Community Research and Development Information Service - CORDIS

Climate resilience of agricultural pests

An EU project is helping to manage agricultural pests by disentangling the effect of landscape on insect communities.
Climate resilience of agricultural pests
In the face of global food insecurity and unpredictable climate change patterns, there is growing interest in how landscape management can control agricultural pests.

This was the aim of the CLIMLAND (Disentangling landscape and climate effects on insect communities to inform engineering solutions to enhance biological control in a changing climate) initiative. The objective of this EU-funded project was to understand the effect of climate and landscape on populations of insects in cereal fields.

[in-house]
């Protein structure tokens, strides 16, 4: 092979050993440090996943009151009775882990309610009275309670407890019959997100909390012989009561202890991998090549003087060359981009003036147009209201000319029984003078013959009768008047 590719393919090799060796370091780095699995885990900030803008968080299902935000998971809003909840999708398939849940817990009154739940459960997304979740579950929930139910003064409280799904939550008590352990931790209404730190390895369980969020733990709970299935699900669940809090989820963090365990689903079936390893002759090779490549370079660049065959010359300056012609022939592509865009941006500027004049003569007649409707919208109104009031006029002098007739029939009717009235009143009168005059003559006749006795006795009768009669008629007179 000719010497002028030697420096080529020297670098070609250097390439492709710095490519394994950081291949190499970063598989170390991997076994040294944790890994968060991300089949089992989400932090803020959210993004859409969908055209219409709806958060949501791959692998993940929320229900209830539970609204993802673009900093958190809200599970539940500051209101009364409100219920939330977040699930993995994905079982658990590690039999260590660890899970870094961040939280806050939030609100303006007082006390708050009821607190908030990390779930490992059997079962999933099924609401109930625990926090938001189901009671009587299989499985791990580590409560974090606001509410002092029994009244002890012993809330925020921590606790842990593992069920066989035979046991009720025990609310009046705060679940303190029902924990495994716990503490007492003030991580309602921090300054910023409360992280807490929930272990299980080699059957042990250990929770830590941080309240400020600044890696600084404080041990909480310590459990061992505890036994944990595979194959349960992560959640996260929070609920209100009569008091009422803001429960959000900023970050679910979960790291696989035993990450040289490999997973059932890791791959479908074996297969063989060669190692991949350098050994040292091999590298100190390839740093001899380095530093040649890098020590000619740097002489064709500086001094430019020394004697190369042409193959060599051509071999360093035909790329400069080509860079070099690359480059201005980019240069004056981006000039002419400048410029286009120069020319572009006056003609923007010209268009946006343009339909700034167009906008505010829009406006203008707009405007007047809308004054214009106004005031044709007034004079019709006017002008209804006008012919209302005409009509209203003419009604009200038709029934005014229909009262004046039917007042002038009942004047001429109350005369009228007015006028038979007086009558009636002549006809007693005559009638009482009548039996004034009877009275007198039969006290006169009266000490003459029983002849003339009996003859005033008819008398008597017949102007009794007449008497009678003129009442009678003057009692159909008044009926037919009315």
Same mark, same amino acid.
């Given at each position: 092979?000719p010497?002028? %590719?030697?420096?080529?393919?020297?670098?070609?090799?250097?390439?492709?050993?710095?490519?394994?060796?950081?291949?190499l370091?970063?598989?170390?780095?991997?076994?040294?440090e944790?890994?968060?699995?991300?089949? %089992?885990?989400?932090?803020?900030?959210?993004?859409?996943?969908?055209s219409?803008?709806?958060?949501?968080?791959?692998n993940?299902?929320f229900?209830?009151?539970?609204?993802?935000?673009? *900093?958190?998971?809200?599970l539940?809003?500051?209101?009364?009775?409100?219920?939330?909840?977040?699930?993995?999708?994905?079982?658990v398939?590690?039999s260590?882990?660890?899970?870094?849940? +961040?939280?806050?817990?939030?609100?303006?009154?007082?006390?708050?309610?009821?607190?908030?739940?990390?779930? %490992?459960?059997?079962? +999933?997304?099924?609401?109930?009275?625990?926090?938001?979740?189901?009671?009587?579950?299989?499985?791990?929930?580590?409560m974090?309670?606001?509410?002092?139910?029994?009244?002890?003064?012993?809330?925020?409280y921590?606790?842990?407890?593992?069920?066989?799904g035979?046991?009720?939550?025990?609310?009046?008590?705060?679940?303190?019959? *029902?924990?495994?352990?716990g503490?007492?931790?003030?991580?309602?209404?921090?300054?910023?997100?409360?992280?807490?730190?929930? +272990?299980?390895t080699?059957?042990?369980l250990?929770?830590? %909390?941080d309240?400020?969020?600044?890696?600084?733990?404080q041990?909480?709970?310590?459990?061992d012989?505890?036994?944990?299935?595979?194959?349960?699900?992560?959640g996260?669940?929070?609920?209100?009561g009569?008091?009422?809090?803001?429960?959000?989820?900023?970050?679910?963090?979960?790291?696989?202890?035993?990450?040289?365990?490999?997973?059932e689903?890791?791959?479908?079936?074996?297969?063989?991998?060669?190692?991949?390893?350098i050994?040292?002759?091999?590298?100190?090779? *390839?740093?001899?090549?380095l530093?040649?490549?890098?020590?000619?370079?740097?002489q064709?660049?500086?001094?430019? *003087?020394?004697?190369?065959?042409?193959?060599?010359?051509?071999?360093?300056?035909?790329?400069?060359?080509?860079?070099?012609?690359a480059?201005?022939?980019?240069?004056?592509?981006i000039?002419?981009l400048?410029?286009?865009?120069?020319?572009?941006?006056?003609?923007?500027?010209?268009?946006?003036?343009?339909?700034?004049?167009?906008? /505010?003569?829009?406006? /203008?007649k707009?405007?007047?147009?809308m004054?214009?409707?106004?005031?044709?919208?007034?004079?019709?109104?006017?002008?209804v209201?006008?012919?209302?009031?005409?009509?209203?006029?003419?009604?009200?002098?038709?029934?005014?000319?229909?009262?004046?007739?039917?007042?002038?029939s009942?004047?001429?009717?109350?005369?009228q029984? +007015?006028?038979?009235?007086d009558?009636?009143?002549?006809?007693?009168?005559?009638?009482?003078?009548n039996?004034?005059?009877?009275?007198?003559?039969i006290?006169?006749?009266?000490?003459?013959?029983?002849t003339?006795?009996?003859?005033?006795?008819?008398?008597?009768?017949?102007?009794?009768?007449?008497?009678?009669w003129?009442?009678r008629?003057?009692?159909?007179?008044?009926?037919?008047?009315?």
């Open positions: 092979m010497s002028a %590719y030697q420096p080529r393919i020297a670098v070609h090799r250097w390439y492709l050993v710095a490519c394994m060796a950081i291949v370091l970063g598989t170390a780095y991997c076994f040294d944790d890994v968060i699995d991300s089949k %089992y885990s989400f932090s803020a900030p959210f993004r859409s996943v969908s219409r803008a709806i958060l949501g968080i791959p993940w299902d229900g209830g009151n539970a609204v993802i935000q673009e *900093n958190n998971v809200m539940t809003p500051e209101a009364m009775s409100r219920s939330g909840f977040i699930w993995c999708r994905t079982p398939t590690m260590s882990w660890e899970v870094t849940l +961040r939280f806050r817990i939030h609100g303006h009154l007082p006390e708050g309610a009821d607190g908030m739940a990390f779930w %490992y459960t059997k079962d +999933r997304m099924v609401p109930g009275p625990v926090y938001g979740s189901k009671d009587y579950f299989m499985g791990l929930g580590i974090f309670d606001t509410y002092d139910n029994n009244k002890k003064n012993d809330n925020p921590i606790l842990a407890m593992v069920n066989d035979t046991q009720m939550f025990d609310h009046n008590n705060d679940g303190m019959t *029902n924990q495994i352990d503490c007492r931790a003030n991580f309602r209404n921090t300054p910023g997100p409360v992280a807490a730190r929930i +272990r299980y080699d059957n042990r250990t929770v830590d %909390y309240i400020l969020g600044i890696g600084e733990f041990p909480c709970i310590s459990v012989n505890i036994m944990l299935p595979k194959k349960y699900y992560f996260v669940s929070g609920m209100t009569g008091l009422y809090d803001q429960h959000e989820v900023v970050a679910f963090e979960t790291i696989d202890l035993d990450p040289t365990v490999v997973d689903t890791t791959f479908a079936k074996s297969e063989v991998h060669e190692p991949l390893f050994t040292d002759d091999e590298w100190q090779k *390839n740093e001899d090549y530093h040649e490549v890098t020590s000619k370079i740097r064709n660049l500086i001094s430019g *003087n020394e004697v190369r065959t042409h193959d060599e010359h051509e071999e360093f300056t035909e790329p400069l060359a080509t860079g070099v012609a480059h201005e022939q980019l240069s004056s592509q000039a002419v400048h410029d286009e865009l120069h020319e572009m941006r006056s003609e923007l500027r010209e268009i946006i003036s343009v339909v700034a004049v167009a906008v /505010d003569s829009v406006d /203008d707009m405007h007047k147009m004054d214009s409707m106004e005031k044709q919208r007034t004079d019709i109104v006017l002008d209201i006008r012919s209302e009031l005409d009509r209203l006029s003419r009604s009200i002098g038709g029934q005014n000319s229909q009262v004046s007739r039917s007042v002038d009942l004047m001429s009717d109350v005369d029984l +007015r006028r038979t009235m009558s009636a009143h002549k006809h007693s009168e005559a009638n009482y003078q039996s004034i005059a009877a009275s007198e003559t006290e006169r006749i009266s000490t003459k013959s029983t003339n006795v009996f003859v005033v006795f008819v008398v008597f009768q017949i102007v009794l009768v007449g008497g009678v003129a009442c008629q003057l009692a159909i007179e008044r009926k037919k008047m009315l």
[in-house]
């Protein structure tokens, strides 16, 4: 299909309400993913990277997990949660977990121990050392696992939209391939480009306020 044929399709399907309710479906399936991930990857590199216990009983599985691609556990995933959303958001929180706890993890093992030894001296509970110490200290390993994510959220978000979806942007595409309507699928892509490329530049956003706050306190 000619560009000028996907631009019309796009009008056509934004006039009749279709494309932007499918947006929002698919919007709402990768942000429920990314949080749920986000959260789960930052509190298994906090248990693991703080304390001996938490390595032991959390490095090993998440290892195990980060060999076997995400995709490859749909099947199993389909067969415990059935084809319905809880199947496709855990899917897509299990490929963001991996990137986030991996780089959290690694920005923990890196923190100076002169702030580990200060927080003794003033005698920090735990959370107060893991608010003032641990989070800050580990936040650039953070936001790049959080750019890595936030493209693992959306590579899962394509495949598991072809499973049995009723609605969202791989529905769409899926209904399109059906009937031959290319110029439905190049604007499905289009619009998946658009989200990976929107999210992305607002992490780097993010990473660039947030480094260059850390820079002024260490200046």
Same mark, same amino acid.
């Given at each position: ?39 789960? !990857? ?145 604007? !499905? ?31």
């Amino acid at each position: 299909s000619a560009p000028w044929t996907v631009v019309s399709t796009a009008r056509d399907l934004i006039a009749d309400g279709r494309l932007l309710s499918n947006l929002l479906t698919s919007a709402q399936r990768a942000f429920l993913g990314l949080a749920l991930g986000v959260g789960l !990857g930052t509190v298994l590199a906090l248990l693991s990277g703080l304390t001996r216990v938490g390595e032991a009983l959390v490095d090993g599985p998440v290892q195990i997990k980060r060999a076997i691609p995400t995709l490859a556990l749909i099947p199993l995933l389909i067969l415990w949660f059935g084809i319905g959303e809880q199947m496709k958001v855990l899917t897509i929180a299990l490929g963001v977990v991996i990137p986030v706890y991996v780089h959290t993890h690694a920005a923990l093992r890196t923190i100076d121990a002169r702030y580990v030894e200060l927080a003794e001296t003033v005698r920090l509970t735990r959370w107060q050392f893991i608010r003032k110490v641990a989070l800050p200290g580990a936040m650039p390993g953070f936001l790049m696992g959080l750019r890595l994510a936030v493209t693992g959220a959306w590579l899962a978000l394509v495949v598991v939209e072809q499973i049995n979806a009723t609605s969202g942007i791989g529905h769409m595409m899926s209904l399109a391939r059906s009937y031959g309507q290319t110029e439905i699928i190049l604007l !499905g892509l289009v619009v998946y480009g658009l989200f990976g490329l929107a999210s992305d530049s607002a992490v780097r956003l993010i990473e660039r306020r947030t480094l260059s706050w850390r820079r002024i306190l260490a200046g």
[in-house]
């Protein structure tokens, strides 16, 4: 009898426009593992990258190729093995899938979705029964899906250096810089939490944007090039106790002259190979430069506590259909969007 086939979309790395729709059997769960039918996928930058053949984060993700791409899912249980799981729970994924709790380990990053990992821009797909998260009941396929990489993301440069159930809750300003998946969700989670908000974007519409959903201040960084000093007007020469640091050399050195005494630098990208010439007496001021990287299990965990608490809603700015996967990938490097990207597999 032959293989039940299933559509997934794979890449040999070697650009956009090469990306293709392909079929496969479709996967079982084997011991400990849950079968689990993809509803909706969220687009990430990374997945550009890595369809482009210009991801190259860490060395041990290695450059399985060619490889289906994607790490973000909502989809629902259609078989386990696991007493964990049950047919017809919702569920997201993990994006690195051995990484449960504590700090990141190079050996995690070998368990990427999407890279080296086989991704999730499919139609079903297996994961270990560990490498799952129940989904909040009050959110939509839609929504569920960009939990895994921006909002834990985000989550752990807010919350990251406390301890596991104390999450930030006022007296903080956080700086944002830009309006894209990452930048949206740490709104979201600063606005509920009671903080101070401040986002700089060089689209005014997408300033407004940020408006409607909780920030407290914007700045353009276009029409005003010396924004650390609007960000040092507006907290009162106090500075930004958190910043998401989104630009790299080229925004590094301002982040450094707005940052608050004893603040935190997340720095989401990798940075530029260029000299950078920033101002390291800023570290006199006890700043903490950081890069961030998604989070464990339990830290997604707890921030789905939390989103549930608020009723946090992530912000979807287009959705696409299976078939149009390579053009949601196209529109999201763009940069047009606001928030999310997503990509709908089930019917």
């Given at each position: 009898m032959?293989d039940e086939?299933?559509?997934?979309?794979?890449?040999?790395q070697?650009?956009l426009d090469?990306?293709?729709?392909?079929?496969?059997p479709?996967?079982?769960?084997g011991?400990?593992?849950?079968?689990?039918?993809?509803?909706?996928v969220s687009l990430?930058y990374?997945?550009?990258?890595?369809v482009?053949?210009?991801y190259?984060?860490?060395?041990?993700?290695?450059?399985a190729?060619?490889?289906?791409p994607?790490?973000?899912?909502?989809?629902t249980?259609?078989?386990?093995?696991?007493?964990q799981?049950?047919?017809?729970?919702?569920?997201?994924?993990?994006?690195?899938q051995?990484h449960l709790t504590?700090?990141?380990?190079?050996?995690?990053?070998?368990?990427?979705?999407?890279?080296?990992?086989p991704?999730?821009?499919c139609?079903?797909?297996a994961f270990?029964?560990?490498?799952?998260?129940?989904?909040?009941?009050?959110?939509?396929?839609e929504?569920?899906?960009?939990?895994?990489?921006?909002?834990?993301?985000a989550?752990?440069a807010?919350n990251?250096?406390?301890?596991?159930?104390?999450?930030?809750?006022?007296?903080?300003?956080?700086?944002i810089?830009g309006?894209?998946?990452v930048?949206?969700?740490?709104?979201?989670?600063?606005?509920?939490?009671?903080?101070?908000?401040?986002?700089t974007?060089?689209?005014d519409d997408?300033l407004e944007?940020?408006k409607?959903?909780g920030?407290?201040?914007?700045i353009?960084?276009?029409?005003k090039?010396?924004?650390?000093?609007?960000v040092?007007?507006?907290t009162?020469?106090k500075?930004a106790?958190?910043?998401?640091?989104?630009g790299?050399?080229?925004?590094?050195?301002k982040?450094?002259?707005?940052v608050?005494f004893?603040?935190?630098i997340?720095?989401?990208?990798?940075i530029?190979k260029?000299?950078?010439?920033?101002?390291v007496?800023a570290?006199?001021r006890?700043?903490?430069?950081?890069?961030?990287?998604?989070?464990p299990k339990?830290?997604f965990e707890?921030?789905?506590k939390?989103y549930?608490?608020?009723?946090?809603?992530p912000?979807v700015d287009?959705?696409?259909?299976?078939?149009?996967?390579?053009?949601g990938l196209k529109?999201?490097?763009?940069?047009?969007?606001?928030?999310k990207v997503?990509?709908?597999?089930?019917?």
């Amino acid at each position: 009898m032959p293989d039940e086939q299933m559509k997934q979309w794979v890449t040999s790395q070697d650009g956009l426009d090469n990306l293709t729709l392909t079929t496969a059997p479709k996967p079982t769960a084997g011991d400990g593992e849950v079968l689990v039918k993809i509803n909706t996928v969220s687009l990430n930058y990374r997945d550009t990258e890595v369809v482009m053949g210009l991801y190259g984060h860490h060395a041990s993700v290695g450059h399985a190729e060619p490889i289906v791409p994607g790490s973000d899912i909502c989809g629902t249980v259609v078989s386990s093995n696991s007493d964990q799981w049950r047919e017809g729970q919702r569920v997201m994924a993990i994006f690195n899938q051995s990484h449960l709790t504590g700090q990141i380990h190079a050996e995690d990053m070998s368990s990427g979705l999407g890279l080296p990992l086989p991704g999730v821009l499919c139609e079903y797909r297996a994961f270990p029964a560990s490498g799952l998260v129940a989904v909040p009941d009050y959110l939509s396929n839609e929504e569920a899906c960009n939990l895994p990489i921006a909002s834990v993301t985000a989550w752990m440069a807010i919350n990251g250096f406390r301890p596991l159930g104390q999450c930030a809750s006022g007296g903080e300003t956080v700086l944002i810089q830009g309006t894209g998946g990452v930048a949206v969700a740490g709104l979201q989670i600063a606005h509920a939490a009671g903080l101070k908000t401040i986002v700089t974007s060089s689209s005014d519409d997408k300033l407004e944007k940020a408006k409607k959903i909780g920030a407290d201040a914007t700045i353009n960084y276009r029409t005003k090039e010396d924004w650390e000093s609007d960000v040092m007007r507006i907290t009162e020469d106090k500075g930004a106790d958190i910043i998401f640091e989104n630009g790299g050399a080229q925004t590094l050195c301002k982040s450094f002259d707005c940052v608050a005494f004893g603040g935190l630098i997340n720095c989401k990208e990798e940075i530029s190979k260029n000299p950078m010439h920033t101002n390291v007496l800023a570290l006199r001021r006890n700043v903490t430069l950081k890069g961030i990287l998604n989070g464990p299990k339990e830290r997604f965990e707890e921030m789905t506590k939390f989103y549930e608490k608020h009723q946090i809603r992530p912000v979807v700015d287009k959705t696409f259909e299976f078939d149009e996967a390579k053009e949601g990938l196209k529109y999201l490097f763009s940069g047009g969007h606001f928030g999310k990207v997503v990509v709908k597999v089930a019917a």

Researchers investigated whether a natural versus intensely-farmed landscape would impact on the temperature tolerance of highly-mobile beetles, aphids and less-mobile parasitic wasps. They found that the landscape did not affect the thermal tolerance of beetles as they could escape to more suitable micro-habitats.

Although research on aphids was inconclusive, researchers found the converse true for parasitic wasps, whose temperature tolerance varied greatly between natural and farmed landscapes. Those from intensively-farmed landscapes needed to be more temperature-tolerant than those from natural landscapes, where there are natural refuges.

Studying the survival of insects is important as insects will need to tolerate increased temperature fluctuations in the face of global climate change. Therefore this information could be vital to developing biocontrol solutions to managing agriculture pests.

Related information


Landscape, climate, agricultural pests, thermal tolerance, biological control
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